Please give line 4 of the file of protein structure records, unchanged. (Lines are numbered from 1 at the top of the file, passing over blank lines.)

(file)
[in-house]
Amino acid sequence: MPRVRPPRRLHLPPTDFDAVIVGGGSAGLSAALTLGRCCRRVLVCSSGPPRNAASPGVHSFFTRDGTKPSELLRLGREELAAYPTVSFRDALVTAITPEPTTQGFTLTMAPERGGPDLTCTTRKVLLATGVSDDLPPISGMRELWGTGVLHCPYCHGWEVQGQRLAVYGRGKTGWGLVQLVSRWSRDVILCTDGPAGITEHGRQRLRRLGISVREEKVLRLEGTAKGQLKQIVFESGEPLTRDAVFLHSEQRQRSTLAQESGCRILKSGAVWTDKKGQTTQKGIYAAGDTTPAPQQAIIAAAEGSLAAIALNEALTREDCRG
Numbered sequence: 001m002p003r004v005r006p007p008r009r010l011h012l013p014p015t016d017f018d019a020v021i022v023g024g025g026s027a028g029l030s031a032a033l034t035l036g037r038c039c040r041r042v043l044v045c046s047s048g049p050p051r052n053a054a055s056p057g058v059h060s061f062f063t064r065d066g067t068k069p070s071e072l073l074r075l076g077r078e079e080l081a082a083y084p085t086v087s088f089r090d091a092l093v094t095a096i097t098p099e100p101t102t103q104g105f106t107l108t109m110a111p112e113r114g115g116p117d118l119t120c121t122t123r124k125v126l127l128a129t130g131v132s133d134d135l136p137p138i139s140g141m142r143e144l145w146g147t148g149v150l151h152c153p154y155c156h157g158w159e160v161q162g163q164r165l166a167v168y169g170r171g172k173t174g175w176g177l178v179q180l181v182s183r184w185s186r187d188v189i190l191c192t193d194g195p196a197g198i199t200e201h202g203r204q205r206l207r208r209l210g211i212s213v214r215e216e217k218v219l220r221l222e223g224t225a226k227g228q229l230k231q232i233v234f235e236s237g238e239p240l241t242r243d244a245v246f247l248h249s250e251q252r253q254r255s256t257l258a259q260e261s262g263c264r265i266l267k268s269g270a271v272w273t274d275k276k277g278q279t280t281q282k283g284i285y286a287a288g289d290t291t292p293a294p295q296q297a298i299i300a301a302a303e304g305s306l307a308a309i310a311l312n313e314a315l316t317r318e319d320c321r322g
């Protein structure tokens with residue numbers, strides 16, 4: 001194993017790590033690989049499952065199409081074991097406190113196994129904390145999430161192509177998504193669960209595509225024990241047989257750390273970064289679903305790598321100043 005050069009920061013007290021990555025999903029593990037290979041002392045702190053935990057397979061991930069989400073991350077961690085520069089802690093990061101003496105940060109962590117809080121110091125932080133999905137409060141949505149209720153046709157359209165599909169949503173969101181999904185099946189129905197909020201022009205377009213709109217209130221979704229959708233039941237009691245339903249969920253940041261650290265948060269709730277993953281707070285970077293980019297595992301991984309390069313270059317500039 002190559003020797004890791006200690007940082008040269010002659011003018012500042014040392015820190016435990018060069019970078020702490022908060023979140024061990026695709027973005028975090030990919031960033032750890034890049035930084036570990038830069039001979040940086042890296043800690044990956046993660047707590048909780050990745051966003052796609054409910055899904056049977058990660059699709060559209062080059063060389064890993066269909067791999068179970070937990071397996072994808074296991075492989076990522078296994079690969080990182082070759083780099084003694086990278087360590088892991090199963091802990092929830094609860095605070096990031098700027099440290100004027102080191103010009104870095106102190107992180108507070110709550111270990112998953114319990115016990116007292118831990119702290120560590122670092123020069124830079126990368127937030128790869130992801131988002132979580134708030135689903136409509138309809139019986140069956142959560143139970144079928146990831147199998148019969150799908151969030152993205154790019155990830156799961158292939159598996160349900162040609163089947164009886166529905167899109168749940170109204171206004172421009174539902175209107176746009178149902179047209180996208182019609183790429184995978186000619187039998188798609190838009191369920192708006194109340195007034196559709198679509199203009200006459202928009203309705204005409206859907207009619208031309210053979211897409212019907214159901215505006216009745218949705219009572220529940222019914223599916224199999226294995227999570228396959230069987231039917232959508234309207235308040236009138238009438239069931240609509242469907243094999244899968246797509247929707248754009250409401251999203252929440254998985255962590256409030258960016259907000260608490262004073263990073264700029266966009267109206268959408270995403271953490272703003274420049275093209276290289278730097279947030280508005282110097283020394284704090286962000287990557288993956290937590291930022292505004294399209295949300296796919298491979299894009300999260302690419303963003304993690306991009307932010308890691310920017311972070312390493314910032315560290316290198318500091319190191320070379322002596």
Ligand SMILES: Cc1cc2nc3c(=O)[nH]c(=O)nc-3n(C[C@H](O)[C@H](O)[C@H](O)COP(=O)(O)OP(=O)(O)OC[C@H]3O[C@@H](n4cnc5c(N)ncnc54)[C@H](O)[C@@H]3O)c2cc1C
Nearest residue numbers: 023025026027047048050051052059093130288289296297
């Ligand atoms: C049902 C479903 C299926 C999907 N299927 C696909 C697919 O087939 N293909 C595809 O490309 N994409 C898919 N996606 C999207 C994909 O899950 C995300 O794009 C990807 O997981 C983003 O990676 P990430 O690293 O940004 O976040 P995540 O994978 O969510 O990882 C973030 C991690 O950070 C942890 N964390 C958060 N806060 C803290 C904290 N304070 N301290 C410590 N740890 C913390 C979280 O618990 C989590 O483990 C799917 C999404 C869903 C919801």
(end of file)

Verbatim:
């Protein structure tokens with residue numbers, strides 16, 4: 001194993017790590033690989049499952065199409081074991097406190113196994129904390145999430161192509177998504193669960209595509225024990241047989257750390273970064289679903305790598321100043 005050069009920061013007290021990555025999903029593990037290979041002392045702190053935990057397979061991930069989400073991350077961690085520069089802690093990061101003496105940060109962590117809080121110091125932080133999905137409060141949505149209720153046709157359209165599909169949503173969101181999904185099946189129905197909020201022009205377009213709109217209130221979704229959708233039941237009691245339903249969920253940041261650290265948060269709730277993953281707070285970077293980019297595992301991984309390069313270059317500039 002190559003020797004890791006200690007940082008040269010002659011003018012500042014040392015820190016435990018060069019970078020702490022908060023979140024061990026695709027973005028975090030990919031960033032750890034890049035930084036570990038830069039001979040940086042890296043800690044990956046993660047707590048909780050990745051966003052796609054409910055899904056049977058990660059699709060559209062080059063060389064890993066269909067791999068179970070937990071397996072994808074296991075492989076990522078296994079690969080990182082070759083780099084003694086990278087360590088892991090199963091802990092929830094609860095605070096990031098700027099440290100004027102080191103010009104870095106102190107992180108507070110709550111270990112998953114319990115016990116007292118831990119702290120560590122670092123020069124830079126990368127937030128790869130992801131988002132979580134708030135689903136409509138309809139019986140069956142959560143139970144079928146990831147199998148019969150799908151969030152993205154790019155990830156799961158292939159598996160349900162040609163089947164009886166529905167899109168749940170109204171206004172421009174539902175209107176746009178149902179047209180996208182019609183790429184995978186000619187039998188798609190838009191369920192708006194109340195007034196559709198679509199203009200006459202928009203309705204005409206859907207009619208031309210053979211897409212019907214159901215505006216009745218949705219009572220529940222019914223599916224199999226294995227999570228396959230069987231039917232959508234309207235308040236009138238009438239069931240609509242469907243094999244899968246797509247929707248754009250409401251999203252929440254998985255962590256409030258960016259907000260608490262004073263990073264700029266966009267109206268959408270995403271953490272703003274420049275093209276290289278730097279947030280508005282110097283020394284704090286962000287990557288993956290937590291930022292505004294399209295949300296796919298491979299894009300999260302690419303963003304993690306991009307932010308890691310920017311972070312390493314910032315560290316290198318500091319190191320070379322002596």